From G.I. Joe to Jakten PÃ¥ Hukommelsen: How do searches differ across movie genres?

In the summer, nothing beats a trip to the movies. I don’t have air conditioning, so the movie theater provides a welcome relief from the heat and a cheap two hours of entertainment. Not to mention the fact that there is something comforting about a huge blockbuster with a big audience and greasy popcorn.

Alas, the summer blockbuster season is drawing to a close and analysts are saying that the season was something of a bust for the big studios, with ticket sales down from where they were a year ago — I guess G.I. Joe and Funny People just didn’t cut it. Despite the blockbuster flops, it seems that the independent movie industry has been flourishing. Arthouse divisions of the major studios like Fox Searchlight and Focus Features have been rapidly gaining market share over the last few years. Movies from no-name studios have also been gaining broader distribution in the mainstream as social networking and online video have opened up new advertising opportunities.

Given that niche films often attract viewership through online channels/communities you might expect that they would dominate the online space. To find out if this assumption holds, I took a look at searches for movies that were released between May and July of this year. I categorized each movie as either a major studio release (Warner Brothers, Paramount Pictures, Columbia Pictures, Universal Studios, 20th Century Fox, and Walt Disney Pictures), a major studio’s arthouse release (Paramount Vantage, Sony Pictures Classics, Focus Features, Fox Searchlight, and Miramax Films), or an independent release. I then tracked the search volume for each category from January through July.

Despite the online buzz around Indie flicks, it looks like the big budget studios still win out by a long shot in terms of search volume, but where do their searchers end up? I took a look at the destinations of movie searchers for that same time period to find out.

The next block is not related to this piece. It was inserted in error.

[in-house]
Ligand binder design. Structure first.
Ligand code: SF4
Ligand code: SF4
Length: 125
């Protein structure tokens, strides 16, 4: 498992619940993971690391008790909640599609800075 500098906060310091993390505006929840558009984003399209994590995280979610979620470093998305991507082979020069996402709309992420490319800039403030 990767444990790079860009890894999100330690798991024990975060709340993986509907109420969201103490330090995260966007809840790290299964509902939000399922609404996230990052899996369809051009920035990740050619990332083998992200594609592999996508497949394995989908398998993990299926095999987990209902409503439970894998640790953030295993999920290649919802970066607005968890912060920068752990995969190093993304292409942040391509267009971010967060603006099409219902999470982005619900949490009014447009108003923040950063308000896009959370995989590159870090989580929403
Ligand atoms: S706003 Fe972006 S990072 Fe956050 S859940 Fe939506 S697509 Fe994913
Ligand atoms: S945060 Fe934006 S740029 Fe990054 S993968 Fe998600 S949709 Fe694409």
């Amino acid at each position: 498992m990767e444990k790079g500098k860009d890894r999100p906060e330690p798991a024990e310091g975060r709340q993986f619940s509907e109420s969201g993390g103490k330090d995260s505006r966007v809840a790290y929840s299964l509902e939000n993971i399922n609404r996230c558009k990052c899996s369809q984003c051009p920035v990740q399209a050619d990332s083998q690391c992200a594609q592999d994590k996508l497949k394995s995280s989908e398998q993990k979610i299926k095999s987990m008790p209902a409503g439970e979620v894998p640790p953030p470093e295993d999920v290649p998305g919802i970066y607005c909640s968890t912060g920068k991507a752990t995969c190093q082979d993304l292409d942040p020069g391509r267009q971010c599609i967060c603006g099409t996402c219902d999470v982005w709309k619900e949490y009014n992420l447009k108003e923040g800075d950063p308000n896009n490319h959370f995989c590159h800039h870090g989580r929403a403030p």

The chart above shows destination domains of movie searchers. The "official movie site" category represents the studio’s official site dedicated to the film in the search query. A few points stand out:

  • Major studio releases are the only films that attract more searches to their official sites than any other pages — perhaps because they have more money for search optimization or simply that they spend more on overall marketing.
  • Regardless of the type of film IMDB is attracting a very large percentage of the searches. Major studio arthouse film searches have many more referrals to IMDB than any other type of film. This could be an intentional marketing decision that the studios have made in an effort to make their films appear more "˜indie.’
  • Independent film searchers end up on YouTube more often than either major studio arthouse or major studio searchers but they end up on the other large sites less often than the other two film types. This could be because most of their searches send them to smaller sites that are farther down the tail and there is enough variation in the destinations that none of the sites show up in the top 10.

As long as independent movies continue to gain traction on sites like YouTube and Facebook, odds are good that before too long they may be able to rival the large studio releases as far as online presence goes. For now, we’ll have to suffer through as films like Transformers and G.I. Joe top the list both in ticket sales and search volume.